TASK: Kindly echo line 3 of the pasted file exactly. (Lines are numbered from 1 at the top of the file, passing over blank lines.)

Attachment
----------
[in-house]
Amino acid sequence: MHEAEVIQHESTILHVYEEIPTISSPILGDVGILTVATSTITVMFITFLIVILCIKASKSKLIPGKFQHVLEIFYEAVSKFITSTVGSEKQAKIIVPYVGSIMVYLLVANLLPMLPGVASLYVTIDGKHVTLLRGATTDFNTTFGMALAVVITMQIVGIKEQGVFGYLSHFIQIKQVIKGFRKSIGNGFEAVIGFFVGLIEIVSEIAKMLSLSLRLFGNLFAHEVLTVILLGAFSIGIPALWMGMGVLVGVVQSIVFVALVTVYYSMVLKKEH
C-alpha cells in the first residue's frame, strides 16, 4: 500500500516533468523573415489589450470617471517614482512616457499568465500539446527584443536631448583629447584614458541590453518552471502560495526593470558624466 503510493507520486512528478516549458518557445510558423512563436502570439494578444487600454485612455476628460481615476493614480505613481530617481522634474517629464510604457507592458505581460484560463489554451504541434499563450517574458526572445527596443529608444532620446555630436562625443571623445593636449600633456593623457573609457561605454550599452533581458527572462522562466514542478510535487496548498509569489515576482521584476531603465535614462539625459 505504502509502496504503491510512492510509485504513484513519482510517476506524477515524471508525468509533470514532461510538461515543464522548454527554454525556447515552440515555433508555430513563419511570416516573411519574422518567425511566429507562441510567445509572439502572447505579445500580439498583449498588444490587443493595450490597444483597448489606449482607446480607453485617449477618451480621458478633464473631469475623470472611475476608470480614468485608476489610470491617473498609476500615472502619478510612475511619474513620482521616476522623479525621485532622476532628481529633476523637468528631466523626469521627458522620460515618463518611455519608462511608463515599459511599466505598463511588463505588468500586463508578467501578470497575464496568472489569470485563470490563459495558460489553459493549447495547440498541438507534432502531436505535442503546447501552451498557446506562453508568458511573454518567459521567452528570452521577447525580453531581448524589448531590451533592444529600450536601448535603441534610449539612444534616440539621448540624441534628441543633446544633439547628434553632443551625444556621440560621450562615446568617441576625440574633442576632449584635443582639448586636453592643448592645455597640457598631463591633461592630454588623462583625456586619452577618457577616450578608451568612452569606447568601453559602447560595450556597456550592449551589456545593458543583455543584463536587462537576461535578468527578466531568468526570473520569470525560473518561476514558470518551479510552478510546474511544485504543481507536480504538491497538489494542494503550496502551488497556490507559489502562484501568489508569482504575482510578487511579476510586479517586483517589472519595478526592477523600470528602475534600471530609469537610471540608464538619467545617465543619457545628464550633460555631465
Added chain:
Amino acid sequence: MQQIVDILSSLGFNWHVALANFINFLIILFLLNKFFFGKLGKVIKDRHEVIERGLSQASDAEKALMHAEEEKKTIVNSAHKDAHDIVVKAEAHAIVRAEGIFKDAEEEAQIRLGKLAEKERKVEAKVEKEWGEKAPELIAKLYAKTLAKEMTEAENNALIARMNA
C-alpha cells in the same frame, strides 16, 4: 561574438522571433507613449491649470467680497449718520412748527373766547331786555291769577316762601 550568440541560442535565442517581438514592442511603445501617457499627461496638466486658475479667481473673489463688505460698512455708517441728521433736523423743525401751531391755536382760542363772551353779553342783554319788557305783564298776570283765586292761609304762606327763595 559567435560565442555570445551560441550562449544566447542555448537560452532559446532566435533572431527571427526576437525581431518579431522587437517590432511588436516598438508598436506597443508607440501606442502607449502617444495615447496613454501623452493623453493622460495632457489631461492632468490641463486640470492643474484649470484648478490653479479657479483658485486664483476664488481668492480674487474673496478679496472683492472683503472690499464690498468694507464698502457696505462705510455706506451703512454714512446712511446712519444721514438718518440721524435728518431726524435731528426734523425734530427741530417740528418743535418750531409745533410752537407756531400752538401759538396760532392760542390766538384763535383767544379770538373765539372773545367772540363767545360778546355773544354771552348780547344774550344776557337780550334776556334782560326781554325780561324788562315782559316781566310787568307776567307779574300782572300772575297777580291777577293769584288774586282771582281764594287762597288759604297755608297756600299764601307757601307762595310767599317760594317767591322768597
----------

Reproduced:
C-alpha cells in the first residue's frame, strides 16, 4: 500500500516533468523573415489589450470617471517614482512616457499568465500539446527584443536631448583629447584614458541590453518552471502560495526593470558624466 503510493507520486512528478516549458518557445510558423512563436502570439494578444487600454485612455476628460481615476493614480505613481530617481522634474517629464510604457507592458505581460484560463489554451504541434499563450517574458526572445527596443529608444532620446555630436562625443571623445593636449600633456593623457573609457561605454550599452533581458527572462522562466514542478510535487496548498509569489515576482521584476531603465535614462539625459 505504502509502496504503491510512492510509485504513484513519482510517476506524477515524471508525468509533470514532461510538461515543464522548454527554454525556447515552440515555433508555430513563419511570416516573411519574422518567425511566429507562441510567445509572439502572447505579445500580439498583449498588444490587443493595450490597444483597448489606449482607446480607453485617449477618451480621458478633464473631469475623470472611475476608470480614468485608476489610470491617473498609476500615472502619478510612475511619474513620482521616476522623479525621485532622476532628481529633476523637468528631466523626469521627458522620460515618463518611455519608462511608463515599459511599466505598463511588463505588468500586463508578467501578470497575464496568472489569470485563470490563459495558460489553459493549447495547440498541438507534432502531436505535442503546447501552451498557446506562453508568458511573454518567459521567452528570452521577447525580453531581448524589448531590451533592444529600450536601448535603441534610449539612444534616440539621448540624441534628441543633446544633439547628434553632443551625444556621440560621450562615446568617441576625440574633442576632449584635443582639448586636453592643448592645455597640457598631463591633461592630454588623462583625456586619452577618457577616450578608451568612452569606447568601453559602447560595450556597456550592449551589456545593458543583455543584463536587462537576461535578468527578466531568468526570473520569470525560473518561476514558470518551479510552478510546474511544485504543481507536480504538491497538489494542494503550496502551488497556490507559489502562484501568489508569482504575482510578487511579476510586479517586483517589472519595478526592477523600470528602475534600471530609469537610471540608464538619467545617465543619457545628464550633460555631465